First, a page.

What is the dominant academic narrative about Myanmar, 75 years on from its full independence? Has the tendency to obsess with politics and related developments created an incomplete, impoverished and patchy corpus of knowledge about the country? In this inaugural post marking ‘Myanmar @ 75’, Michael W. Charney offers a ‘planetary reading’ of the history of Myanmar.
Scholarly attention to Myanmar during its 75 years of independence has been misdirected. Taking a lead from Dipesh Chakrabarty’s recent book The Climate of History in a Planetary Age (2021), I argue that scholars — particularly and most influentially historians and political scientists (but they are not alone) — have been fixated on particular questions because of their own political orientations and contexts, influences that have been largely shaped by contexts external to the country and the people.
Like many formerly colonised peoples, liberation from colonialism, popular Democracy and civil liberties have been important to the educated élite. Unlike many of its peer societies, Myanmar had varied experiments with Democracy (some limited, some full) and self-rule (again, some limited and some full) from 1923 with dyarchy, political parties, and even a Burmese Prime Minister after separation from India in 1937; then, under the Japanese, with very limited self-rule from 1943–45, a socialist Democracy from 1948–62, minus two years of a caretaker government (1958–60), then military dictatorship from 1962, the limited run of a transition government from 2011–21, and now another military dictatorship (from February 2021), avowedly temporary. This periodisation shapes most general and particular modern histories of the country; they follow the national political record of the country.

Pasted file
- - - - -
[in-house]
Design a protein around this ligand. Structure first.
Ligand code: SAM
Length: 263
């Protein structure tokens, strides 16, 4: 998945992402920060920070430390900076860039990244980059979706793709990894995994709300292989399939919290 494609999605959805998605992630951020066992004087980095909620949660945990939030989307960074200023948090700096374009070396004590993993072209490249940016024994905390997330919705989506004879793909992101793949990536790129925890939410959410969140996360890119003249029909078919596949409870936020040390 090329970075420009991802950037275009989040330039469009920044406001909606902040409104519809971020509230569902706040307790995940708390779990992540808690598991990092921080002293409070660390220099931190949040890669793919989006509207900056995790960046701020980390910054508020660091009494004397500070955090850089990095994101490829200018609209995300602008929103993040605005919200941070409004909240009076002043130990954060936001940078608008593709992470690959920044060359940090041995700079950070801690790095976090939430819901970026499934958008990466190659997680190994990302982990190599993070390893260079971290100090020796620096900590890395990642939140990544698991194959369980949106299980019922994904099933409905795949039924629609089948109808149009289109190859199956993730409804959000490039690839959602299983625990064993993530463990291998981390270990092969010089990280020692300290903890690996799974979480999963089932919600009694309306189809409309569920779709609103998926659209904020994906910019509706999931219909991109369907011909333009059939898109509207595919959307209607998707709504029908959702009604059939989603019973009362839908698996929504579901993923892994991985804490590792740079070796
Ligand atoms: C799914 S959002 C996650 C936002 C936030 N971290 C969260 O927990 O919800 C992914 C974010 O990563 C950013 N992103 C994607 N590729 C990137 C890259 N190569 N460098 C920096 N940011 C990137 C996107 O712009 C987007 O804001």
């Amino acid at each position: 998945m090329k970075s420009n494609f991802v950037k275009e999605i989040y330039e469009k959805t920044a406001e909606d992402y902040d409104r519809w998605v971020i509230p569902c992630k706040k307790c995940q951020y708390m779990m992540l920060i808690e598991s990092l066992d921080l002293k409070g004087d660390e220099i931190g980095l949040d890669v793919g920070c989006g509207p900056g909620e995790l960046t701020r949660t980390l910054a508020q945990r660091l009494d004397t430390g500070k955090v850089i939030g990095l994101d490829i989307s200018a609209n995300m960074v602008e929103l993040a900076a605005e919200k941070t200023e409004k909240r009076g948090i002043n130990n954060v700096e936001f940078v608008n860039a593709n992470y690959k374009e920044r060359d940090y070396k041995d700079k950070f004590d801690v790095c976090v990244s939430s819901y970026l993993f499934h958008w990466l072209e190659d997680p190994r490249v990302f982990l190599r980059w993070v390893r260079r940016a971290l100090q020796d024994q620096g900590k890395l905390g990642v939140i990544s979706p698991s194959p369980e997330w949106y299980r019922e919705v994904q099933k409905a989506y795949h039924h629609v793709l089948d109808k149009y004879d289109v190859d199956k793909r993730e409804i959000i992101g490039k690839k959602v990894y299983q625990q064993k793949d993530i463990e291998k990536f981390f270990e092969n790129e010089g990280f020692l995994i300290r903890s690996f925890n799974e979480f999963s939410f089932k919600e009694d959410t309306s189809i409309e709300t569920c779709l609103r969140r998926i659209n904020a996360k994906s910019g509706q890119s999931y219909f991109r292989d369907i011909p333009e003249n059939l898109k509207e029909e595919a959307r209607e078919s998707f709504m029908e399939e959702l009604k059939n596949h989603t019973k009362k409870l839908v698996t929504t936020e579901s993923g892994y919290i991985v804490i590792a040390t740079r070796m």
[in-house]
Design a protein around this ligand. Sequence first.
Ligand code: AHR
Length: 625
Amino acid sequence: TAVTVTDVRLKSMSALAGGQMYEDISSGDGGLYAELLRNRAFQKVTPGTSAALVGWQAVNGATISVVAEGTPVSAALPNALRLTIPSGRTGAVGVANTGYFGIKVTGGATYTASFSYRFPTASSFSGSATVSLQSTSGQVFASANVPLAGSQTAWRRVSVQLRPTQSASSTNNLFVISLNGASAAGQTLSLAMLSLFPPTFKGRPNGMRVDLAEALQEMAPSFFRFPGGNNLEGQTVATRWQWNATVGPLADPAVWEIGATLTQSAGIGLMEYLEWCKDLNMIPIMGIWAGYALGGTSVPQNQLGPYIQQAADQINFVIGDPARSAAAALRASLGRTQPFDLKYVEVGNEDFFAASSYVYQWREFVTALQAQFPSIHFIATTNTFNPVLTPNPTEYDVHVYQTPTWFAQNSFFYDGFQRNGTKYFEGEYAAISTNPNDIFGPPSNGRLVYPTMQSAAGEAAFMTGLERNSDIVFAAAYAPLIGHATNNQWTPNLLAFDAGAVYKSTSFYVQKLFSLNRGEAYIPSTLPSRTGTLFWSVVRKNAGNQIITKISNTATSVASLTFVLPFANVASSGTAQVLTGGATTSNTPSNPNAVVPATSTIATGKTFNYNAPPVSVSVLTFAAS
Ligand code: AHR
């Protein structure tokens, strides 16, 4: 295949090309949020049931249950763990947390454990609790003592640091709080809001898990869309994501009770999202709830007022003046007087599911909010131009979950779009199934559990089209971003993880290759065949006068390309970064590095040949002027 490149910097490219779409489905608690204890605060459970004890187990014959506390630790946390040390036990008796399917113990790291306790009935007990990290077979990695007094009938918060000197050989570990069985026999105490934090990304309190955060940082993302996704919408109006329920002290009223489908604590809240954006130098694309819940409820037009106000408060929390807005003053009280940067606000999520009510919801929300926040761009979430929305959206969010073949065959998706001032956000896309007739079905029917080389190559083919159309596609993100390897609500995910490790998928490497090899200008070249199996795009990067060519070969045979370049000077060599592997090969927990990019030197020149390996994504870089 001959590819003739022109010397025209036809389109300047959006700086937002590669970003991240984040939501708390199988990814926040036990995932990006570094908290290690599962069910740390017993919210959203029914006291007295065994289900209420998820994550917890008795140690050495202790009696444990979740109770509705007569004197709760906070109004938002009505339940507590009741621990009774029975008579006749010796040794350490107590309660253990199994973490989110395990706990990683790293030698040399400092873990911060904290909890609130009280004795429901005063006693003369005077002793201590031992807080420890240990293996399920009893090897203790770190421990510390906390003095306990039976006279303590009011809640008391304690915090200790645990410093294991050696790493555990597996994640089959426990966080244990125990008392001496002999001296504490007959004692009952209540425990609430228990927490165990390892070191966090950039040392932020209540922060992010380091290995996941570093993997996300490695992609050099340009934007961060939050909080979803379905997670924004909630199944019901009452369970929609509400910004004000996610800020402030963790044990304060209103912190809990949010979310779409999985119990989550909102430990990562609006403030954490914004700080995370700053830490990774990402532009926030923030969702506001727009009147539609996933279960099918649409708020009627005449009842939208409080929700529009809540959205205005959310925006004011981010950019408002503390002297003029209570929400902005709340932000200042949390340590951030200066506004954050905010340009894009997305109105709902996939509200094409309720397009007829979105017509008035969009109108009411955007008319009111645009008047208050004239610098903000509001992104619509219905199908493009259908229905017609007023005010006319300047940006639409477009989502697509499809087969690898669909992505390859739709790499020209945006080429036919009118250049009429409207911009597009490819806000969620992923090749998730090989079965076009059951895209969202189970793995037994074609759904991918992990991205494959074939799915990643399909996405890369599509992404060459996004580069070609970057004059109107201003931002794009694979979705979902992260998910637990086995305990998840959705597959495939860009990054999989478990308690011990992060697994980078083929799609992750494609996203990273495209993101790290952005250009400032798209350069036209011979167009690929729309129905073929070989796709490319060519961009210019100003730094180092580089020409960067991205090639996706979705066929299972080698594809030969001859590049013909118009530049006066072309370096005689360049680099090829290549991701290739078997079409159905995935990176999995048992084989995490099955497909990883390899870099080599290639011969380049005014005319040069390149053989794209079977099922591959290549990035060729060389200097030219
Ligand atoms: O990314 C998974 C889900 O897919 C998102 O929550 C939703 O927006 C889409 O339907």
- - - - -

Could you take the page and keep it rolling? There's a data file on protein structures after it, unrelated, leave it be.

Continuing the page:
What is missing in these historical and political narratives is the bulk of Myanmar society, not just of the ethnic ‘races’ relative to the Bamars (during the height of the Civil War years about half the country and a third of the people were not under Myanmar control), but even among the Bamars and those living under the control of the military. As Chakrabarty argues, Humanist scholars who view people through the artificial construction of the global (and similarly, the national) have missed out on the main story affecting all of our lives, in Myanmar and outside, as things in planetary terms; we have focused only on what shapes Burmese (the broader, inclusive population of the country) as people(s), as a nation, as a political body of citizens deprived or limited in their universal rights, and even as commercial consumers and producers in the economy.
But we have pushed off to a secondary place the main drivers of Burmese life, those in planetary terms — the biological consumers and producers, the demographic expansion and mortality. We have even pushed into the shadows social structural violence (not those conducted by the military, and not just those directed at ethnic groups, both of which have received sustained, voluminous, even exclusive, attention) in the form of race. Yes, the attack on the Rohingyas in 2017 received global scholarly attention, but the same cannot be said about most such earlier episodes; likewise, there has been some historical attention to the attacks on Indians in the 1930s and in 1942, but less so on the more enduring, daily phenomenon of racial xenophobia.